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Practice of Historical Imagination

Practice of Historical Imagination

Assignment 2

3 pages – Chicago style references

A Madonna of the Great Plains, by National Geographic Magazine, Volume 31 (1917), page 554., Public Domain.

The goal of this Written Assignment  is to learn a little about the practice of historical imagination.  Historical Studies state that one of the basic competencies of Historical Studies is “an understanding of history as a creative art, a subjective discipline and an imaginative interpretation of the past.” Historical imagination, according to the 20th century historian and philosopher R.G. Collinwood, is a means by which scholars of history use imagination to reconstruct ideas, concepts, and narratives based on what is known about what really happened and what was thought. Historical imagination is not fiction. It must be localized to real places and it must be related to evidence gathered from historic sources.

For this module’s Written Assignment, review Lynn Lemisko’s The Historical Imagination: Collingwood in the Classroom.  Then please select one of the three options to write about.  Order Now from Course ResearchersOption #1: Role Swap

For this assignment, please examine the primary source documents in chapters 2-3 of Through Women’s Eyes.  You will do a role-playing exercise about women in colonial families. As you know from your readings, there were at least three different kinds of families in Colonial America: Native American families, slave families and English/European families. In this assignment you:

Imagine a role-swap situation where one woman temporarily changes places with a woman from another kind of family. You may be a white colonial woman, a slave woman or a Native American woman. Be sure to explain your answers using the information from Through Women’s Eyes, as well as the Internet resources included in this module for sources.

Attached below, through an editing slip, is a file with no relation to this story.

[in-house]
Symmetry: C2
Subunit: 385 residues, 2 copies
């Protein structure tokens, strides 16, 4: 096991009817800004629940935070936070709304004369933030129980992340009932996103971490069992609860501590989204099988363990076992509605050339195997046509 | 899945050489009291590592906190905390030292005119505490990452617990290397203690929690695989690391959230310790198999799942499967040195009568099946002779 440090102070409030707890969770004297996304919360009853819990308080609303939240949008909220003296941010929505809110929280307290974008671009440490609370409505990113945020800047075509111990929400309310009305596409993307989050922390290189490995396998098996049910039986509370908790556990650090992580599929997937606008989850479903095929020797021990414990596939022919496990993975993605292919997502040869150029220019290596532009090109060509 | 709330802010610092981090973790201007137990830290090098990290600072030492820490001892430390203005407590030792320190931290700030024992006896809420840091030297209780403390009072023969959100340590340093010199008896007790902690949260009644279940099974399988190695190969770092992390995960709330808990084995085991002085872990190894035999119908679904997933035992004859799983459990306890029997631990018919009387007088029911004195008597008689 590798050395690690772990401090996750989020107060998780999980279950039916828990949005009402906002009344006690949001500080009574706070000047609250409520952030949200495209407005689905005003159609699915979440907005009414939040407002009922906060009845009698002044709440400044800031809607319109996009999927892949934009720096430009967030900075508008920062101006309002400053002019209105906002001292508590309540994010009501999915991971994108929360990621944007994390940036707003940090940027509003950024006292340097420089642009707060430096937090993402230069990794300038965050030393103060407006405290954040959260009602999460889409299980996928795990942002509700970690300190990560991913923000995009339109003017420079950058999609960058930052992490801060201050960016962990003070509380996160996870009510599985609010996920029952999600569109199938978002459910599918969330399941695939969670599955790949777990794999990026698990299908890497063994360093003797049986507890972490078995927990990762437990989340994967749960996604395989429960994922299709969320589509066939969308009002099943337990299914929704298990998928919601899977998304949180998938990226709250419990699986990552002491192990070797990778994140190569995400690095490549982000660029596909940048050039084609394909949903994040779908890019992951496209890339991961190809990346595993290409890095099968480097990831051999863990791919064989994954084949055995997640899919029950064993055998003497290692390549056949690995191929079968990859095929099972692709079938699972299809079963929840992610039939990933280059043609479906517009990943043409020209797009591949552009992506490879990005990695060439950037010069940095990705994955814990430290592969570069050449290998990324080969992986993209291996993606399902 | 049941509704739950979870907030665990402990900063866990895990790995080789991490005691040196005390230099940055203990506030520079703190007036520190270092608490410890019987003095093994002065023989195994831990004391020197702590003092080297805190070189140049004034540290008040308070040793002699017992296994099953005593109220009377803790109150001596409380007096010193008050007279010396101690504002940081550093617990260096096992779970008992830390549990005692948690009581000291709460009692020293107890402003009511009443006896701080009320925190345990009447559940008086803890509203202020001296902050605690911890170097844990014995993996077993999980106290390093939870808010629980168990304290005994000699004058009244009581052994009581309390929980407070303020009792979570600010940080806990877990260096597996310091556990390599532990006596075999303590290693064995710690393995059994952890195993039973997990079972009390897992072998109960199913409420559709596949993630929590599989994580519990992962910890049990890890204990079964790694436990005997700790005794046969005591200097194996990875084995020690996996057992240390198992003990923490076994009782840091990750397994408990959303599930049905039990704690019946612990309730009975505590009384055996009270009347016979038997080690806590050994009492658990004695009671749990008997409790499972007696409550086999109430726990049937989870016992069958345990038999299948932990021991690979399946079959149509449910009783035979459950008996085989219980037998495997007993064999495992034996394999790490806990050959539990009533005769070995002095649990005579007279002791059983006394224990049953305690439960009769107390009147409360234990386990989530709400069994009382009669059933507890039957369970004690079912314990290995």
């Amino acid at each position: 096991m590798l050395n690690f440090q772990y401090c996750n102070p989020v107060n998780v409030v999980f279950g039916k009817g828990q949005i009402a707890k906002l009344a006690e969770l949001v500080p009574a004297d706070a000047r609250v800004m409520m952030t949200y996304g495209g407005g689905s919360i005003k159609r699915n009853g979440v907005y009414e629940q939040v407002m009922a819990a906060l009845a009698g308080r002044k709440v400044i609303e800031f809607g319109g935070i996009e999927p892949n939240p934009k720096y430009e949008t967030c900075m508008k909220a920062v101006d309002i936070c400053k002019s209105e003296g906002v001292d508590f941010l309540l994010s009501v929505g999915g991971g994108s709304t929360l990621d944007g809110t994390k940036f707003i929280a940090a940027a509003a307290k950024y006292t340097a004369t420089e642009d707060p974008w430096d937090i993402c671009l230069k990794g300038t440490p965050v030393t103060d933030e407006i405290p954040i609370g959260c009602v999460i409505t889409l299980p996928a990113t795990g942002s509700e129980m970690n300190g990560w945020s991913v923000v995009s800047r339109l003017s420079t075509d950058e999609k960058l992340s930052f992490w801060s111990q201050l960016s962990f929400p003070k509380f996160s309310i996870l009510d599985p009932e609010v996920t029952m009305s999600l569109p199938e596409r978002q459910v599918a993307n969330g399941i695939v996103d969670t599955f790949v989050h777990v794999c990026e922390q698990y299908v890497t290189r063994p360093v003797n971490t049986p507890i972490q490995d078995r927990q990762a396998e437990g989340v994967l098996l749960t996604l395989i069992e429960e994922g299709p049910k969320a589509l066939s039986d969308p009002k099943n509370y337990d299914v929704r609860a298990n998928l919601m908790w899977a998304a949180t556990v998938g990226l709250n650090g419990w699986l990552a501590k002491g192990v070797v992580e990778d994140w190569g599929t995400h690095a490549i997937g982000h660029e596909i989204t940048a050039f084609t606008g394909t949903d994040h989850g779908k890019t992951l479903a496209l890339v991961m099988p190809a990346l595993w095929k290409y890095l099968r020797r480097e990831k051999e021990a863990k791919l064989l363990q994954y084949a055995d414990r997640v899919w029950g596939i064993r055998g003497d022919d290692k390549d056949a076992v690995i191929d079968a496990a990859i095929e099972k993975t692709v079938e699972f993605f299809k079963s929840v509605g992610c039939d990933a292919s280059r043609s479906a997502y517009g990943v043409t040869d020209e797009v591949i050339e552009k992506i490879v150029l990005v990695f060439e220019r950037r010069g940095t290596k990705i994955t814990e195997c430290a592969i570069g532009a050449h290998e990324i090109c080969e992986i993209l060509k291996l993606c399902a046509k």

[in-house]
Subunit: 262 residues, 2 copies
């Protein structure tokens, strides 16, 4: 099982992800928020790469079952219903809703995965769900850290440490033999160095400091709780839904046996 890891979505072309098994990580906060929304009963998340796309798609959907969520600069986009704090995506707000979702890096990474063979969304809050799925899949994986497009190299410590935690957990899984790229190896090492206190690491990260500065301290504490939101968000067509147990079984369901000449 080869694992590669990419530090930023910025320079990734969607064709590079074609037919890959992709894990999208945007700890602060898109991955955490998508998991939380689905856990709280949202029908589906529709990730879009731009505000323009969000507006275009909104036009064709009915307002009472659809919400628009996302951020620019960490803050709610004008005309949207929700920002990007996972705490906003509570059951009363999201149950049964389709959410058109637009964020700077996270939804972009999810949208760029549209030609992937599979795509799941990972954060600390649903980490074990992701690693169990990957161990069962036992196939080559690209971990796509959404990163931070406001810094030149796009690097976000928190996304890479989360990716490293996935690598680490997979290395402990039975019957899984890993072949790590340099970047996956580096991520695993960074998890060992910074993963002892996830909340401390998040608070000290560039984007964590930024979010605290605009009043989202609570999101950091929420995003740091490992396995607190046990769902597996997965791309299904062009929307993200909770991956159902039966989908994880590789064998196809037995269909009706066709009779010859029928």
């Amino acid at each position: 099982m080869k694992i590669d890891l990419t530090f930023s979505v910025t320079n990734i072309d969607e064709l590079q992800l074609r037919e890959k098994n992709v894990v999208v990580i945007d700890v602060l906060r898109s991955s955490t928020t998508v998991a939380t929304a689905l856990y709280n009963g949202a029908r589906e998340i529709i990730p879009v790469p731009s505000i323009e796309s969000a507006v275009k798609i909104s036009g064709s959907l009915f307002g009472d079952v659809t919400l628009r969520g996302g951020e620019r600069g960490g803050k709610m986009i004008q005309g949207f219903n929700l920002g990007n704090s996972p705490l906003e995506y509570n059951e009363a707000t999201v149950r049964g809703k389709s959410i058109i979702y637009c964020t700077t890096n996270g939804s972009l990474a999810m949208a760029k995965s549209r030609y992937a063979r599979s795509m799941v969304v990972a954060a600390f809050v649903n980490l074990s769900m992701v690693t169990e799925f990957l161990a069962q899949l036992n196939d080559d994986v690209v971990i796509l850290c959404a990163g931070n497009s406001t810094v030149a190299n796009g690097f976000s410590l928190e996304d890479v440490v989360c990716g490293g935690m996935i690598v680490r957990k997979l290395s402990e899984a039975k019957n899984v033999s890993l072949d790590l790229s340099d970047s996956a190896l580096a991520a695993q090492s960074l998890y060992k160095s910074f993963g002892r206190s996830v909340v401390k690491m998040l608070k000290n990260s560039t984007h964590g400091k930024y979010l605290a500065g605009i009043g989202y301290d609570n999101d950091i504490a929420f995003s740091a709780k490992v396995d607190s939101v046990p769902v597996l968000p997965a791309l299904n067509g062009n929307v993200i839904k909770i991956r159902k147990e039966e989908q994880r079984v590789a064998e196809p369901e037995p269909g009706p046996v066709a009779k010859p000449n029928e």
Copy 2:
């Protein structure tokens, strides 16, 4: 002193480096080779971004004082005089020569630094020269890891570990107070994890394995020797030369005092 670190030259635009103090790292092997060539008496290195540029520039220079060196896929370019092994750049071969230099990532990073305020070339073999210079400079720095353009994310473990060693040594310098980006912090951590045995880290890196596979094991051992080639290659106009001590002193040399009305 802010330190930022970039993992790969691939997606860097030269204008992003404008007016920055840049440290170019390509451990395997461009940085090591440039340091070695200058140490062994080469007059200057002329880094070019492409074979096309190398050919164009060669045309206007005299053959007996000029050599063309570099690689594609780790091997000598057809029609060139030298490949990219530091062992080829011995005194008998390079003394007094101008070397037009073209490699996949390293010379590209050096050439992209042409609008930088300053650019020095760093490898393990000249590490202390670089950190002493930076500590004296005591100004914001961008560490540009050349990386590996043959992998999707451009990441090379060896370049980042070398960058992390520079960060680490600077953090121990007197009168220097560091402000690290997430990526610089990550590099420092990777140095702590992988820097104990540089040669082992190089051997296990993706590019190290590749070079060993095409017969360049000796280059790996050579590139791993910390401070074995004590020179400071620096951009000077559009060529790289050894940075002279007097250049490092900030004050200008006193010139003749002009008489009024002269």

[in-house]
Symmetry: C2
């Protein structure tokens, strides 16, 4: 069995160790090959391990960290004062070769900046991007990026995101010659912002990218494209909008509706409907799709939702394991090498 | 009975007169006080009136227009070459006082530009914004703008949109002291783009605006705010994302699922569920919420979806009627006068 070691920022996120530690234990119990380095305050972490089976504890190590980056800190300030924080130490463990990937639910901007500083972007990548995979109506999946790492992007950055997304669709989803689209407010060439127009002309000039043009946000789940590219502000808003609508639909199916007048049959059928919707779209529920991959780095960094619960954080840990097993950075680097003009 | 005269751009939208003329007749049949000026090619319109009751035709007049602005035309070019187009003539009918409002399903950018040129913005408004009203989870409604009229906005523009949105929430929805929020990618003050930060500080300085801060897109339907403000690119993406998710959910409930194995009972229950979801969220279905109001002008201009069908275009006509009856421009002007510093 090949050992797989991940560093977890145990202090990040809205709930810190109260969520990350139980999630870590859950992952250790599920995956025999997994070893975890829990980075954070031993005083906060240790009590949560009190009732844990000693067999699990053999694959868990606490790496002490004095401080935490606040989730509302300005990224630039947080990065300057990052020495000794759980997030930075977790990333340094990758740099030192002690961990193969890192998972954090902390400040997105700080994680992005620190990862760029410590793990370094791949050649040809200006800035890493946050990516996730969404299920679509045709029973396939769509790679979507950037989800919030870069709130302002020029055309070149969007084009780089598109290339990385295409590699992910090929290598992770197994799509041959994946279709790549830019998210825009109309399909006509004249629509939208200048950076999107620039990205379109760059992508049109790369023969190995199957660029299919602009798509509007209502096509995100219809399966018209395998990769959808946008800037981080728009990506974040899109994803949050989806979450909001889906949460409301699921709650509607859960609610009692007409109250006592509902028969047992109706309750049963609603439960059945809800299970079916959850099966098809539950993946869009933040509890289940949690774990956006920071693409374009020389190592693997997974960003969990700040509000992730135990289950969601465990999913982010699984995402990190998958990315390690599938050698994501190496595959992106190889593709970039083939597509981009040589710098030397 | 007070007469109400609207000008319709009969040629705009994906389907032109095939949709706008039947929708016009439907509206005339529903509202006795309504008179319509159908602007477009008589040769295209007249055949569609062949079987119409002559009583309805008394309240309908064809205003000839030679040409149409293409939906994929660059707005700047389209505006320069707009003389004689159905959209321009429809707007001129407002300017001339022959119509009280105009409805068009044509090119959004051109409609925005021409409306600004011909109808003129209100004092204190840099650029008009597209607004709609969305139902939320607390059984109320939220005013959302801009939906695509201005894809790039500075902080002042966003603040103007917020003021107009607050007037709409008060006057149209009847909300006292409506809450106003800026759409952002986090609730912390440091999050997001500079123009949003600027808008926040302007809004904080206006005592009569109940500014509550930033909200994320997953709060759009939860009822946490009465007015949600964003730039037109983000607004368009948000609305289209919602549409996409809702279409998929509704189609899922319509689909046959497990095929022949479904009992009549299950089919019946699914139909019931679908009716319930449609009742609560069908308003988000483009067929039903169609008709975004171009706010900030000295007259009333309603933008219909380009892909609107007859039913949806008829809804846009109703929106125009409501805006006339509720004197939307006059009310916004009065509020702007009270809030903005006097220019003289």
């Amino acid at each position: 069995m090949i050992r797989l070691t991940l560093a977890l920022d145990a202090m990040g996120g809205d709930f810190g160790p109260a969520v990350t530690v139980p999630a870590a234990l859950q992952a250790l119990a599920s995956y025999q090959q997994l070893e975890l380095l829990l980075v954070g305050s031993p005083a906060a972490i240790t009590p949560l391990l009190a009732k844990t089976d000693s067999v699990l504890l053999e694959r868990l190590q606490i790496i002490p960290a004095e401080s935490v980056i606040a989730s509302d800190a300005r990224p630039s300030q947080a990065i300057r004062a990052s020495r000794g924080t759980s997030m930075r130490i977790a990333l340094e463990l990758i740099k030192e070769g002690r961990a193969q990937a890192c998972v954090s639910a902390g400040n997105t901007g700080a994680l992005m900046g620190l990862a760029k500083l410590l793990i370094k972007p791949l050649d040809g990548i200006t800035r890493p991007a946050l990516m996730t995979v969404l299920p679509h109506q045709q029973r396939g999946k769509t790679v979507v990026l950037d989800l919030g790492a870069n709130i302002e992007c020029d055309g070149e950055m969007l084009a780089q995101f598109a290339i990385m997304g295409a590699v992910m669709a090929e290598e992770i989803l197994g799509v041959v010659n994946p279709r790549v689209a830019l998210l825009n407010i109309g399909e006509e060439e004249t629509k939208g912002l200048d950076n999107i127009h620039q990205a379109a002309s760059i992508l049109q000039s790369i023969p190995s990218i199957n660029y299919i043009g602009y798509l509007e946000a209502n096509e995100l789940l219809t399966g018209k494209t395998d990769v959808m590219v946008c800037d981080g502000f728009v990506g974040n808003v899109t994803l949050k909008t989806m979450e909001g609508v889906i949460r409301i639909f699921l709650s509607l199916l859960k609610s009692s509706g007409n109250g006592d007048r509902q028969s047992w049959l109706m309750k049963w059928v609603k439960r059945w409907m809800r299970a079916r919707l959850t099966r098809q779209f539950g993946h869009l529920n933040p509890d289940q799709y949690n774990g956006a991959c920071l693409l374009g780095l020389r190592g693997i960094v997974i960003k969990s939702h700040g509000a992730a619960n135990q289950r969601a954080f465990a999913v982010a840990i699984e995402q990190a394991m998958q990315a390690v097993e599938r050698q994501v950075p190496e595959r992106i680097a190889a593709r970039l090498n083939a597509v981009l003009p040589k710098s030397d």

In the first part of your essay, describe your daily life before the swap.

Where you live

What kind of family you have

How you relate to your husband, your children and your community.

In the second part of your essay, describe the changes that took place during  the swap.

Start with the reasons for the swap.  Don’t just assume that it happened.

How are the women in your new culture treated by the men in their families?

What new roles and expectations do you have?

How is your daily life different from the one you were accustomed to?

In the third part of your essay, describe the learning you took back to your own family after the swap.

What would you tell your family about your experience with the other culture?

Would your experiences change your attitudes and behavior towards that culture in any way?Order Now from Course ResearchersOption #2: Domestic life in Early America

For this assignment, please examine the material in the Content Guides for this module as well as our text Through Women’s Eyes, particularly, The Letters and the Depictions of “Family” in Colonial America in the chapter 2 primary sources section.  After you have done so:

Imagine yourself to be a woman of the 17th or 18th century tasked with the job of maintaining a household.

Write an essay detailing your responsibilities for one calendar year.

Include a household budget and a list of necessary food items.

Option #3: Analyzing historical documents

For this assignment, please examine the Content Guides for this module as well as the analysis offered by DuBois and Dumenil in their introductory comments on the challenges of documenting women’s history. After you have done so, please choose one of the M1 Optional Online Resources and:

Analyze how you would use the concept of historical imagination to craft a narrative about the materials presented [for example, on the Jamestown settlement, or on the Mayflower voyage, or on Martha Washington’s or Martha Ballard’s life]. Be sure to specify which M1 Optional Online Resources you have chosen to analyze.

Collingwood, R.G. “The Historical Imagination”, in The Idea of History. Oxford: Oxford University Press (1946), pp. 232-249.

Lemisko, Lynn Speer. “The Historical Imagination: Collingwood in the Classroom.” Canadian Social Studies 38, no. 2 (December 1, 2004): ERIC, EB

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